| Abstract|| |
Introduction: Early and accurate diagnosis is paramount for improving the therapeutic efficacy of pancreatic cancers. Endoscopic ultrasonography–fine needle aspiration (EUS-FNA) cytology has come up with the advantage of an early and accurate diagnosis of pancreatic cancers. This study was conducted to analyze the spectrum of pancreatic lesions cytology, and appraise the diagnostic accuracy of EUS-FNA cytology for pancreatic solid and cystic lesions. Materials and Methods: This retrospective study includes 288 EUS-guided pancreatic FNA cases. Clinical data, laboratory tests, cytopathology, histopathology, and imaging reports were retrieved. The final diagnosis was based on EUS-FNA cell block and/or pathology in surgical specimens, with immunohistochemistry support. The results of EUS-guided FNA were compared with the final diagnoses to calculate the sensitivity, specificity, positive predictive value (PPV), and negative predictive value (NPV). Results: Among 288 EUS-guided pancreatic FNA cases, 175 (62.0%) were malignant. The mean age was 57.8 ± 13.5 years and 50.1 ± 13.7 years, and the mean size of the lesion was 4.1 ± 1.8 cm and 2.2 ± 1.1 cm in malignant and benign groups, respectively. Sensitivity, specificity, PPV, and NPV of EUS-FNA cytology for solid malignant lesions were 98.3%, 95.1%, 98.3%, and 95.1%, and those for cystic lesions were 88%, 92.3%, 100%, and 100%. Diagnostic accuracy of EUS-FNA cytology for solid and cystic pancreatic lesions is 97.4% and 95.0%, respectively. In conclusion of the above; diagnosis of pancreatic solid and cystic malignancy can be assigned from a composite of the EUS-FNA cytology, cell block preparation and immunohistochemistry Diagnosis of pancreatic solid and cystic malignancy can be assigned from a composite of the EUS-FNA cytology, cell block preparation, and immunohistochemistry.
Keywords: Cell block histology, endoscopic ultrasonography–fine needle aspiration, cytology, pancreatic cancers
|How to cite this article:|
Nigam N, Rastogi A, Bhatia V, Sureka B, Jain P, Bihari C. EUS-guided FNA in diagnosing pancreatic lesions: Strength and cytological spectrum. J Cytol 2019;36:189-95
|How to cite this URL:|
Nigam N, Rastogi A, Bhatia V, Sureka B, Jain P, Bihari C. EUS-guided FNA in diagnosing pancreatic lesions: Strength and cytological spectrum. J Cytol [serial online] 2019 [cited 2019 Dec 11];36:189-95. Available from: http://www.jcytol.org/text.asp?2019/36/4/189/267229
| Introduction|| |
Pancreatic cancers are a significant cause of morbidity and mortality and have become the fourth leading cause of death among cancers. This poor survival rate reflects late presentation, nonspecific signs and symptoms, and limited diagnostic and therapeutic modalities. Diagnosing pancreatic benign and malignant lesions are significant for improving the efficacy of therapeutic interventions.
Aspiration cytology and histology of pancreatic lesions can provide a link toward the diagnosis. Endoscopic ultrasonography (EUS) is an indispensable tool for the evaluation of solid and cystic pancreatic lesions. EUS-guided approach has come up with the advantage of high-resolution images particularly for smaller, distal and cystic lesions with fine parenchyma details and pancreatic duct changes along with identification of local metastases or invasion of adjacent structures, permits simultaneous diagnosis and staging. This approach is minimally invasive, well tolerated, and has a low rate of complications.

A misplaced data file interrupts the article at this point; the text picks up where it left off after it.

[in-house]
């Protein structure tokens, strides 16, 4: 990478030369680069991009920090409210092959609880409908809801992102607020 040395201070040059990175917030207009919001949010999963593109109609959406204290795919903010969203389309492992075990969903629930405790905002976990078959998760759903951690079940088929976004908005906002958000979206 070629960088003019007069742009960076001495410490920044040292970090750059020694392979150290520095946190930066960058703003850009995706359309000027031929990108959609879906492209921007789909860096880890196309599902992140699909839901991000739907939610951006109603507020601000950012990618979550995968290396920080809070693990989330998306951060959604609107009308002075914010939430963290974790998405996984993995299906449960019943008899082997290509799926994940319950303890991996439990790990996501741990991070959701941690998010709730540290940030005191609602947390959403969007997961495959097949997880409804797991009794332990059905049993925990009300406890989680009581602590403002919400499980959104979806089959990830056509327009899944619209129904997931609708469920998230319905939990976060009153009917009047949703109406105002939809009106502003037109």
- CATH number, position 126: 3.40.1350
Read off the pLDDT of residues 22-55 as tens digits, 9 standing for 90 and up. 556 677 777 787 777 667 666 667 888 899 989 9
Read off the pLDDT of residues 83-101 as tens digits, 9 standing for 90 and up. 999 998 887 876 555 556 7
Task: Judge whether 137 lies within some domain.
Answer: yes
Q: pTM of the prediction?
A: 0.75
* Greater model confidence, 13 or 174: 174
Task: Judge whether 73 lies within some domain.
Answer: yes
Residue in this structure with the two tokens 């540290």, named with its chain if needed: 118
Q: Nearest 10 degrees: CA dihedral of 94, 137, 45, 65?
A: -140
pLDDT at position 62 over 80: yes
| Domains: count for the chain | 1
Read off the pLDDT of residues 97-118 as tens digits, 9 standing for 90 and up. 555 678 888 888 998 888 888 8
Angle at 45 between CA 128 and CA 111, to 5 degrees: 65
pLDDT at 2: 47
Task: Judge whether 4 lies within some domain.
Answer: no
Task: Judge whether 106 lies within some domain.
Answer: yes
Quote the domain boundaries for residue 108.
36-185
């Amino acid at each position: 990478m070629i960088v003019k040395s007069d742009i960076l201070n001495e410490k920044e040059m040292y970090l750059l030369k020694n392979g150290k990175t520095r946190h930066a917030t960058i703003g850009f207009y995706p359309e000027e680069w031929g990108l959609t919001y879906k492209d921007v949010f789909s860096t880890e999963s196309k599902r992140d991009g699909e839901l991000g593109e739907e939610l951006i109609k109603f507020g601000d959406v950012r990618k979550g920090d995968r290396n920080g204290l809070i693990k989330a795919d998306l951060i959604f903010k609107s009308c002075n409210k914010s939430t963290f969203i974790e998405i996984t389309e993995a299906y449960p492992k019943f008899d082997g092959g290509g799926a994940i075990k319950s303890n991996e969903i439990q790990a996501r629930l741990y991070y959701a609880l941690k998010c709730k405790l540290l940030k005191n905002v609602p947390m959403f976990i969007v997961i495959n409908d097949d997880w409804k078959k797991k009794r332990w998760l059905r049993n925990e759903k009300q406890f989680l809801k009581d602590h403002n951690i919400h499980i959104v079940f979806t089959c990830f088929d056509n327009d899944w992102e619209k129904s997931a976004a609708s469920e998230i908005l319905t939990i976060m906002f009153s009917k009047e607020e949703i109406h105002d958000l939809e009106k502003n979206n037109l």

EUS-fine needle aspiration (FNA) cytology and histology integrated with immunohistochemistry may allow definitive diagnosis of pancreatic lesions. Diagnostic efficacy of EUS-FNA for pancreatic lesions depends on sample tissue adequacy, lesion characteristics, endoscopy operator, and cytopathology expertise.
Our study aims to analyze the spectrum of pancreatic lesions aspirated with EUS guidance in a hepato-pancreato-biliary super specialty center, to assess the diagnostic accuracy of EUS-FNA cytology in diagnosing pancreatic malignancies and to differentiate pancreatic solid and cystic lesions.
| Materials and Methods|| |
This is a retrospective study, and data search was conducted to identify all EUS of pancreatic lesions performed at our hospital from January 2009 to December 2016. Among 8066 cytology specimens, EUS-guided FNA was performed for 936 specimens. FNA specimens of other abdominal lesions including peripancreatic lesions, lymph nodes, or bile duct mass lesions were excluded. A total of 293 pancreatic specimens who had undergone EUS-FNA for solid and cystic lesions were the study group. For each patient, clinical data, laboratory tests, and cytopathological and imaging reports were retrieved. Imaging reports including sonography, Imaging reports including Ultrasonography (USG), Computed Tomography (CT) and magnetic resonance imaging (MRI) were reviewed to assess location, size and characteristics of the pancreatic lesions CT, and magnetic resonance imaging (MRI) were reviewed to assess location, size, and characteristics of the pancreatic lesions. All FNAs were performed under EUS guidance and in the presence of onsite pathology team comprising a trained pathologist and a technician.
EUS for guided puncture of the lesion was conducted using Olympus EVIS Exera II CLV-180. EUS-FNA technique involves the use of endoscopic ultrasound in which echoendoscope is placed into the stomach or duodenum. By using the guidance of high-frequency ultrasound transducer on the tip of echoendoscope, a small gauge needle is passed through the wall of the gastrointestinal tract into the pancreatic lesion. FNA was done through transgastric approach if lesion involves body and tail, and through transduodenal approach for lesions in the head and uncinate process.
After the aspiration needle was withdrawn from the endoscope, smears were prepared immediately and stained with diff-quick stain for onsite evaluation of adequacy by a pathologist. Aspiration needle was further washed in 70% ethanol in labeled test tubes for cell block preparation. An expert pathologist evaluated the smears and sections of the cell block for confirming the onsite diagnosis and rendering the final diagnosis.